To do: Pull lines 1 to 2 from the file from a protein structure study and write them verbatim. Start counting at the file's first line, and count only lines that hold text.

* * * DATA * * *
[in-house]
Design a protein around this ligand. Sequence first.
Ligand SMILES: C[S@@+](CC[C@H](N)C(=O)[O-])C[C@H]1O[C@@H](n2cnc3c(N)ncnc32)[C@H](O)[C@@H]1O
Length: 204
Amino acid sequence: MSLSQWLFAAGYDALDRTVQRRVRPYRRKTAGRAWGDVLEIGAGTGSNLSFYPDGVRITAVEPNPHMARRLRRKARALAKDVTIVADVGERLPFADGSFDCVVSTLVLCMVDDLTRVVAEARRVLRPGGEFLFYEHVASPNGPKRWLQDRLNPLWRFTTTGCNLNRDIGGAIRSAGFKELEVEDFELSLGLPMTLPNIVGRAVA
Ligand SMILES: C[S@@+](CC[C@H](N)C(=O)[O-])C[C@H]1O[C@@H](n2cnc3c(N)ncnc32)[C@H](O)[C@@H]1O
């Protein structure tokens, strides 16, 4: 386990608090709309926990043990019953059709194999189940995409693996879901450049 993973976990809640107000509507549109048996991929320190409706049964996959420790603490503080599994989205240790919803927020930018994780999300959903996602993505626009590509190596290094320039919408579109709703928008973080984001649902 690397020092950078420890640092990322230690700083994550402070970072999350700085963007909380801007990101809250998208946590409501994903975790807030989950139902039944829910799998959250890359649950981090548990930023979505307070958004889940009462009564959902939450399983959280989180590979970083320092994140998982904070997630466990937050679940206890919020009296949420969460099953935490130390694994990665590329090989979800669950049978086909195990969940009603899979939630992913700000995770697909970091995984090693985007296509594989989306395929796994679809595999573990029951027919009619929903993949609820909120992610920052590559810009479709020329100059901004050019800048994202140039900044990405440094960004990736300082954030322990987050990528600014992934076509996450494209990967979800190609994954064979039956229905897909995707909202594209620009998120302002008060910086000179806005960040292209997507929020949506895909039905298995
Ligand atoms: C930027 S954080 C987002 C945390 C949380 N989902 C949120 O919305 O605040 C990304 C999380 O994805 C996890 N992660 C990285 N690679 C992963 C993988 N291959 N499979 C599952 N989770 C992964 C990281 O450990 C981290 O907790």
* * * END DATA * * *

[in-house]
Design a protein around this ligand. Sequence first.